Woodworker seeking quality dado blade for a unisaw--
Looking for reviews, and or practical real life experiences. I need one
and will buy one within the month. If you are looking for a reference,
quality over value, but value will not be overlooked. Thanks in advance.
Mike; and thanks!
Is this a newspaper ad???
;~) Anyway Forrest Dado King. About the most you can spend for a top
quality set. You can get almost as good with Infinity, Freud, and a few
other name brands for quite a bit less but the Forrest is probably the
standard and stays sharp for a very long time.
Wow, that was fast...I leave for Florida tomorrow and figured I would
read the advice when I get back. I own two forrest blades now, one 12"
and on 10", and like them both. One thing that I failed to mention is I
want one that has a flat bottom, my sears excalabur is cool and all, but
it does not perform well in plywood and the bottoms are NOT flat,
which is my fault for not knowing before the purchase...sort of like my
first craftsman circular saw...$39 what a bargin!!!
The Excalibur is a wobble blade. That is why the bottom is rounded. The
Forrest creates the Batman Ears look. The out side blades create a very
slight point in the corners of the dado. This is to allow room for the
glue. It really is slight.
You may want to define "flat". If you're talking about a precisely cut
square with a flat bottom and a flat side, I don't think you're going to
get satisfactory performance out of any dado. For something really square,
you may want to look into using a router. Of course, you'll loose some of
Also, if it's plywood, you may not get a flat bottom, even with a router.
Every time I've tried it, the plys end up tearing a little at the bottom.
Michael White "To protect people from the effects of folly is to
fill the world with fools." -Herbert Spencer
If you need a *perfectly* flat bottom, Freud makes a special box joint
2-blade set that cuts 2 (two) widths and only 2 (1/4 and 3/8 inch) ,
but both are flat bottomed.
$79.90 on Amazon
(Amazon.com product link shortened)38288810/sr=1-3/ref=sr_1_3/002-0029380-8866474?%5Fencoding=UTF8&v=glance&n"8013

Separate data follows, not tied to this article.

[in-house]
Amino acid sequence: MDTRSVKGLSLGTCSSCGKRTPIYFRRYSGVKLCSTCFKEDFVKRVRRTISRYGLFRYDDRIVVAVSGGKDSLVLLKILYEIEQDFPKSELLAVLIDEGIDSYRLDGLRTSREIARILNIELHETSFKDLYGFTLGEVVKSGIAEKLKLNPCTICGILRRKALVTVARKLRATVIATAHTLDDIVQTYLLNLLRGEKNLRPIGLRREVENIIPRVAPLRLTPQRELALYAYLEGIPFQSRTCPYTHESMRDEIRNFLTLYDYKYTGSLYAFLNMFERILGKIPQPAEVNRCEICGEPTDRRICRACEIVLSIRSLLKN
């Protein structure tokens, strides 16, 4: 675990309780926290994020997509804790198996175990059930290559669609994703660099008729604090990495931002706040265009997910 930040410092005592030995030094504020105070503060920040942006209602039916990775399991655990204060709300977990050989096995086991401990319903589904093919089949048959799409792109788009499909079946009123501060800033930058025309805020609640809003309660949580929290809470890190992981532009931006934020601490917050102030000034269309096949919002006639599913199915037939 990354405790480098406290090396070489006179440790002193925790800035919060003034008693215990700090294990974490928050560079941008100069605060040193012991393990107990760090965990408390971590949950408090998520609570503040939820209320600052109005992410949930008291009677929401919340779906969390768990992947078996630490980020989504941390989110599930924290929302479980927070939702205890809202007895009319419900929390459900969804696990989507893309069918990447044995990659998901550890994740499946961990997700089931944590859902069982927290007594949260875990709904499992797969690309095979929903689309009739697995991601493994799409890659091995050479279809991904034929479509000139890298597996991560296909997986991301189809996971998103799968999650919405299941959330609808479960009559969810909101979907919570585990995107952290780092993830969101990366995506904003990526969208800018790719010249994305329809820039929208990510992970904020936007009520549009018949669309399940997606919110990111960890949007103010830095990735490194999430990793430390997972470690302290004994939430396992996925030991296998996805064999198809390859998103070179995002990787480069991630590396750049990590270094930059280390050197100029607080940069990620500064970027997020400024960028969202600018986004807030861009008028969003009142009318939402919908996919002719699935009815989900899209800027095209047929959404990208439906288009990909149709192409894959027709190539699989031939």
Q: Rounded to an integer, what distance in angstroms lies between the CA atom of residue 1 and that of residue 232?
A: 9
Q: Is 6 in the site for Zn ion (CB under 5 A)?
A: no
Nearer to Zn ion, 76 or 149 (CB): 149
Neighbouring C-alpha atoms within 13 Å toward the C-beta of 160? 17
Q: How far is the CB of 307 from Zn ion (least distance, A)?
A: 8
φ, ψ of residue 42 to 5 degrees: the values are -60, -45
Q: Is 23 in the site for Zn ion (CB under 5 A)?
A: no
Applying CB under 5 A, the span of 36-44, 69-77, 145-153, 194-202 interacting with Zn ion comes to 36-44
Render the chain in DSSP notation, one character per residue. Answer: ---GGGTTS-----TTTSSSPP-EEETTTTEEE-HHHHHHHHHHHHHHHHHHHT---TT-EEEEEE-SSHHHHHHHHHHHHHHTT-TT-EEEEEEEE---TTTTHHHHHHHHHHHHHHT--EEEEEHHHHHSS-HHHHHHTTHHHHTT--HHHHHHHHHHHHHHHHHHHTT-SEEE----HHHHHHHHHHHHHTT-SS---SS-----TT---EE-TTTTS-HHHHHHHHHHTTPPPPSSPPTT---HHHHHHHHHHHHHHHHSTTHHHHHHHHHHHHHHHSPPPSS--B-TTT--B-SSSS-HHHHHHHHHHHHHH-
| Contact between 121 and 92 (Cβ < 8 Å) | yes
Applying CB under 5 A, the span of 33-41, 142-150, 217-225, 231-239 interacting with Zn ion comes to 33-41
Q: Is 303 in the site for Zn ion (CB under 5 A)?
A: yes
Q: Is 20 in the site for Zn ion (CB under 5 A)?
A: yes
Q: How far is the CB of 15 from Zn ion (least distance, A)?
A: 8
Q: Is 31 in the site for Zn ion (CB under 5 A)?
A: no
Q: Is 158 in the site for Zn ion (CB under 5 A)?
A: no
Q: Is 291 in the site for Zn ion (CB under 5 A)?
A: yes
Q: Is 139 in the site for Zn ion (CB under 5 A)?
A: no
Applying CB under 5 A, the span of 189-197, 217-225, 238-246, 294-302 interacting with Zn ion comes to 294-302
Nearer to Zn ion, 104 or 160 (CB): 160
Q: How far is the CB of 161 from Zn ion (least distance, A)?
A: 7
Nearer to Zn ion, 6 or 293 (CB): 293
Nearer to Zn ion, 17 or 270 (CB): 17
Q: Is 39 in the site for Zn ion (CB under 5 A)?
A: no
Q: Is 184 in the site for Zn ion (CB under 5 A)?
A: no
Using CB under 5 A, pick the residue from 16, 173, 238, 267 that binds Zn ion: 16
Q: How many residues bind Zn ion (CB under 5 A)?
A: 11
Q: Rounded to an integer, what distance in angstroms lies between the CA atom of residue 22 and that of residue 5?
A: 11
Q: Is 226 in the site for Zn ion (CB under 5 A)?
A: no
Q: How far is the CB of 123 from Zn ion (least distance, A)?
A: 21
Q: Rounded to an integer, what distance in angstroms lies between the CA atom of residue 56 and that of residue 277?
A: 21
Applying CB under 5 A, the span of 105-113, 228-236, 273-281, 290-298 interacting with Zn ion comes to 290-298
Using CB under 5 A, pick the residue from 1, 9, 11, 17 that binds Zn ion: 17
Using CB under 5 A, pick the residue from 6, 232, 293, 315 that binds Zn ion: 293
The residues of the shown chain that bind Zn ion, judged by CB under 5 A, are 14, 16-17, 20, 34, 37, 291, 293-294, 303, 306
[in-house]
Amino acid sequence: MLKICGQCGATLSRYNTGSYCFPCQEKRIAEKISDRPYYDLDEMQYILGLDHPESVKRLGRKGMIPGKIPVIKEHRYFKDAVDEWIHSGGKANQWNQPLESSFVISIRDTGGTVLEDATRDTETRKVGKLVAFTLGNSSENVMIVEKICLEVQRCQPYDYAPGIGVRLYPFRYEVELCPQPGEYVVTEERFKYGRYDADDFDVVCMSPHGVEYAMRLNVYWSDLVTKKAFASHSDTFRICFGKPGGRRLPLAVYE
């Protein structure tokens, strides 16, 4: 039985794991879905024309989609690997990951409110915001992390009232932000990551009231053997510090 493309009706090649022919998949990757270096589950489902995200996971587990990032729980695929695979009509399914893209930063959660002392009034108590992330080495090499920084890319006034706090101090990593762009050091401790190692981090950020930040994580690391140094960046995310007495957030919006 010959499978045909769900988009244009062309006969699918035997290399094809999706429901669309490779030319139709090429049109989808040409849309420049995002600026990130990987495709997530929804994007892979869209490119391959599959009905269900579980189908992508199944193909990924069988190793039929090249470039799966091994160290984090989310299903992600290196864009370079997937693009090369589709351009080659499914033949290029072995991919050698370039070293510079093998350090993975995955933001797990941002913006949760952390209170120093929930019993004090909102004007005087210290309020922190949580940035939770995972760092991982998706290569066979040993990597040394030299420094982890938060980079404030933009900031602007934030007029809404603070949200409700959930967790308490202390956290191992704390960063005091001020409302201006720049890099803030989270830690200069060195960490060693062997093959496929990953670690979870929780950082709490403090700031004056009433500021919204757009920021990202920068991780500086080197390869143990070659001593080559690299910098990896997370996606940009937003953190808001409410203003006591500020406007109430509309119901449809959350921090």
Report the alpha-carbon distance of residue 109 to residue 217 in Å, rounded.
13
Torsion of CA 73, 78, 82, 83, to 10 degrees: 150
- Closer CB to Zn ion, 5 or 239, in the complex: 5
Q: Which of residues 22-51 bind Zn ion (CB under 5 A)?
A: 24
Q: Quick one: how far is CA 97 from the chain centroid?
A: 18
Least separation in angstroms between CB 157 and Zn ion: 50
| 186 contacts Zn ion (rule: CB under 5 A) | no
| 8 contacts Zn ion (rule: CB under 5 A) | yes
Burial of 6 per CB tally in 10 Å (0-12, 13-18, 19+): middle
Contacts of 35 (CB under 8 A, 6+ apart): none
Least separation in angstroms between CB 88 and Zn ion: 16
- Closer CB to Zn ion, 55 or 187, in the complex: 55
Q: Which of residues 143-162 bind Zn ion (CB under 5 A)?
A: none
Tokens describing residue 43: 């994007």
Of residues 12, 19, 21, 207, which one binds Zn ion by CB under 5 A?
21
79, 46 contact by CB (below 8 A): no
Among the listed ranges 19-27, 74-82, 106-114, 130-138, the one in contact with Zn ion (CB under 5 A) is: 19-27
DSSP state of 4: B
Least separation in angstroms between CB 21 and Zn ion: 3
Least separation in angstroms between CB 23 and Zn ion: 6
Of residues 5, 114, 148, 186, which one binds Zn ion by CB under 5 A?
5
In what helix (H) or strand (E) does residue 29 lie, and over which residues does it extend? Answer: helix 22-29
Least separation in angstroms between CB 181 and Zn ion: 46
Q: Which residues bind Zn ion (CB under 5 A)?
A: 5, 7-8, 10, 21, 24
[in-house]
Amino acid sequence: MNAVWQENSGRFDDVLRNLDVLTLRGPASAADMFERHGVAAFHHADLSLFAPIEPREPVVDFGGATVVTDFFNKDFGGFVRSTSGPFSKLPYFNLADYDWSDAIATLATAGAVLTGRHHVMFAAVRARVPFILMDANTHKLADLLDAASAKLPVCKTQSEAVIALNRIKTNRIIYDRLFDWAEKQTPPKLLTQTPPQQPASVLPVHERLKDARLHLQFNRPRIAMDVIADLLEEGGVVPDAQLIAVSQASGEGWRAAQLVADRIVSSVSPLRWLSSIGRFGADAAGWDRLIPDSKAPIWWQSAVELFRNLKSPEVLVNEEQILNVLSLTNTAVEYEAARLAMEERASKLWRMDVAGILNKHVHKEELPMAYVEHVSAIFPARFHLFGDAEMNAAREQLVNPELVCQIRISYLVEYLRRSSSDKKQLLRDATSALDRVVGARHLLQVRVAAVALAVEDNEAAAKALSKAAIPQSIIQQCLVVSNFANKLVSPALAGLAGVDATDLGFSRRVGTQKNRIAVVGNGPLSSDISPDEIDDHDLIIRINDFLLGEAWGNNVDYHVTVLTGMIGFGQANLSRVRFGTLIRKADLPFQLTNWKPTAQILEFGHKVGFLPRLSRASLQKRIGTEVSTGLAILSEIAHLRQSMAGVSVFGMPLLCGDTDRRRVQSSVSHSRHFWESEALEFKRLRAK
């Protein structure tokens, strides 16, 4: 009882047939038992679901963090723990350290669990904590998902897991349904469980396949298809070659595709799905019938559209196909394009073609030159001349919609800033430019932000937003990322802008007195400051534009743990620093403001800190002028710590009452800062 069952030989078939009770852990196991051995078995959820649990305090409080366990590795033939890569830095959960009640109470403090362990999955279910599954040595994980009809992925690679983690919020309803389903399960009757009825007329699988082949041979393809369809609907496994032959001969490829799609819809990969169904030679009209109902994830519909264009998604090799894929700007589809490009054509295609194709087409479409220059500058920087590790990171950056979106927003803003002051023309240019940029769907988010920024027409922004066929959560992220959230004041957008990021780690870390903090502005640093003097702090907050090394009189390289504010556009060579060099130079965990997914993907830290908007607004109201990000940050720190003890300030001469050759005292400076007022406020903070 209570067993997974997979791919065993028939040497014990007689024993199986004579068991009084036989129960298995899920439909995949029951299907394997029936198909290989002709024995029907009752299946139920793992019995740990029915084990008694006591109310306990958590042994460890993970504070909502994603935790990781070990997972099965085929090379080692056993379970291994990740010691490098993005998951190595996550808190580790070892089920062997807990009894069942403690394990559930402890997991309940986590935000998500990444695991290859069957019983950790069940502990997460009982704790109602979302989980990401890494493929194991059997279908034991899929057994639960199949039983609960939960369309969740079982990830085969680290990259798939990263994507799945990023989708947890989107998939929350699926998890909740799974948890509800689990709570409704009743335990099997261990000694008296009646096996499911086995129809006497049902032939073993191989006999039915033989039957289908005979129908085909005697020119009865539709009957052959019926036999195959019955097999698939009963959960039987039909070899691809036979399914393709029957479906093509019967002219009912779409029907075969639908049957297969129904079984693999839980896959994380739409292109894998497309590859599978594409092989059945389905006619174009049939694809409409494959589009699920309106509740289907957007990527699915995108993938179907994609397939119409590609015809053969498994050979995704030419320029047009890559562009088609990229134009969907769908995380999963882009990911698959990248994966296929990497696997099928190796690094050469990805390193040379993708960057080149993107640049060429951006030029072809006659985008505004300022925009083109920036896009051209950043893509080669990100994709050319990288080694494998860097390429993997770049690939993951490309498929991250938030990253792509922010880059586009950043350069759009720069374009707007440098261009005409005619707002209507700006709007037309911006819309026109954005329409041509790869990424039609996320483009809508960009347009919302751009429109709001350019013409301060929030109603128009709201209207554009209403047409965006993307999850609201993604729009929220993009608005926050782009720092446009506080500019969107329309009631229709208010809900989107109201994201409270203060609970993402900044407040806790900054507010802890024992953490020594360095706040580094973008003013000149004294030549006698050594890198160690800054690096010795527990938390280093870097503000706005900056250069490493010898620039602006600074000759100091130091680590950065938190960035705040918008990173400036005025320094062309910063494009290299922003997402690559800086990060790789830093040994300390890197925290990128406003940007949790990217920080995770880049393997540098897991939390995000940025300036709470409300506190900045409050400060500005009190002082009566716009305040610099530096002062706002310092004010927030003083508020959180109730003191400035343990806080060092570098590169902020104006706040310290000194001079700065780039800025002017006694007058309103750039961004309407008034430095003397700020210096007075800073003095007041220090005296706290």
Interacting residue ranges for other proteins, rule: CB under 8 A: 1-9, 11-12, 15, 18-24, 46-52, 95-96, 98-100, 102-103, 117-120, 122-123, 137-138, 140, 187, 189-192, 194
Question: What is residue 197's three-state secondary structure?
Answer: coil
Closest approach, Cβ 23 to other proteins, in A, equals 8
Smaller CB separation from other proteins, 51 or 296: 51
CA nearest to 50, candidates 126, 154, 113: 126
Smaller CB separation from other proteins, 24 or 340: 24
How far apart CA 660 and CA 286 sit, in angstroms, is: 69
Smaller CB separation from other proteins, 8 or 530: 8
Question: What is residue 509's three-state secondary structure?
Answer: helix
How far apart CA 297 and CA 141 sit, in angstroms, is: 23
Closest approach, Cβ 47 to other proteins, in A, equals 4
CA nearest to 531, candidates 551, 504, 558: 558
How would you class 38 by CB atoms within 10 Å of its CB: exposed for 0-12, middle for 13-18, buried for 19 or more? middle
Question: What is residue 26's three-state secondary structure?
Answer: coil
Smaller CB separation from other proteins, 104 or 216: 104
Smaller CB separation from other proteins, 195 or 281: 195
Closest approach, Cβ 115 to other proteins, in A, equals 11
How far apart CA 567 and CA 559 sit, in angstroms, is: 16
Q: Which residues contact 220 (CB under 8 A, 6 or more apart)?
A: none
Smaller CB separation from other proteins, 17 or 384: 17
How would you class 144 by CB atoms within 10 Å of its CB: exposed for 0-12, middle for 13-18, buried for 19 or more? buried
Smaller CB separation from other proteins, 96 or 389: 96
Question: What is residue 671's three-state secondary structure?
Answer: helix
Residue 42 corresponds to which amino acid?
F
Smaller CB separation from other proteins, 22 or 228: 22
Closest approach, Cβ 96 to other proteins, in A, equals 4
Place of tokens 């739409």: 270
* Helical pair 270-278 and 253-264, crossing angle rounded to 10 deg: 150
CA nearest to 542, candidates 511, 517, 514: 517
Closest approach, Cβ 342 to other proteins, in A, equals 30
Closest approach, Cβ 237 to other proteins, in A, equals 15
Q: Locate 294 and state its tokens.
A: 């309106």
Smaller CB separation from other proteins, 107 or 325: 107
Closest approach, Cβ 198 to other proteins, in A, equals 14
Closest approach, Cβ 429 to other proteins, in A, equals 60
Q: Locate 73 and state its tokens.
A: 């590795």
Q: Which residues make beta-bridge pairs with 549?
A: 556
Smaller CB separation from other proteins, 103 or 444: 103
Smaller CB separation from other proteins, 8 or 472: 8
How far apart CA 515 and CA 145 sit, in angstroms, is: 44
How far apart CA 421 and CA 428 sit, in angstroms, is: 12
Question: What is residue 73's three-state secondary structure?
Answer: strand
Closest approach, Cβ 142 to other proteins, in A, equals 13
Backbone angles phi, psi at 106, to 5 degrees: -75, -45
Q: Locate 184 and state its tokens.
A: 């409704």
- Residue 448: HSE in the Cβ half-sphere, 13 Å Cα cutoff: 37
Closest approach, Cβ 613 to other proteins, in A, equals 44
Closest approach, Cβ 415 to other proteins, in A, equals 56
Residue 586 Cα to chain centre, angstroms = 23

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FWIW, I own both an older Freud SD208 (~$70-80 "street") and a new
Forrest Dado King ($250) dado set.
Either will cut dados WAAAY flatter than the example shown in the
Freud Box Joint Cutter ads. <G> That photo is SO exaggerated!
I've shown box joints cut with either of my sets in BB ply, pine,
basswood, and maple, after gluing and finishing, to the most anal
retentive person I know (customer, not a woodworker), and they didn't
notice the batwings.
Of the two sets I own, I find the Forrest to work better across the
grain and on hardwood plywood. Both work extremely well with the
grain. The Forrest can deal with a higher feed rate, regardless of
the grain direction. The more expensive Forrest set has more and
harder carbide, 4 wing spacers on 1/8, 1/16", and a 3/32" wide, and
included a case and magnetic shims. I bought it for $149 on special.
I typically use my dado set for dados and rabbets (shocking <G>),
tenon cutting (usually flat, across the grain), and box joints.
Personal preferences aside, also remember that lots of folks prefer
routers for dado and rabbet work!
Do a Google search; the topic comes up here with some frequency. My personal
preference is the Ridge Carbide dado set, as seen here:
The Forrest Dado King cuts dados with a _very_ slightly smoother bottom than
the Ridge Carbide set does; OTOH, the "bat wings" left in the corners of the
dado by the Ridge Carbide set are nearly invisible, while the Forrest's are
merely tiny. All in all, the cut quality is in my estimation equivalent -- but
the Ridge Carbide set is _forty_percent_ cheaper than the Forrest.
Doug Miller (alphageek at milmac dot com)
I've got an 8" Amana set (46 tooth) that has been a workhorse and has cut
miles of dadoes/grooves without sharpening and is still going strong after
four years use, and a Freud Dial-a-Width, which I am really enjoying after
too long futzing with shims.
Either recommend for your check-out-before-you-buy list:
Ya, I second the Freud dial-a-dado. gives a good flat bottom in many
different types of wood and wood products(ply ect) and its easly to use in.
my unisaw.And I dont have to worry about loing the shims
Freud Super Dado always gets good reviews and I think can stand up to the
Forest. The outside blades have a sheer grind that give a smooth cut on the
edges and the chippers are 4 winged for a smoth bottom cut. They also
include a 3/32 chipper for stacking 1/32 under for hardwood plywood.
I own and use a Freud.... only because I do not make a lot of Dado
cuts..... IF I did then the Forrest would be my "only" choice ...
Just a matter of Value in my case...
and I am happy...
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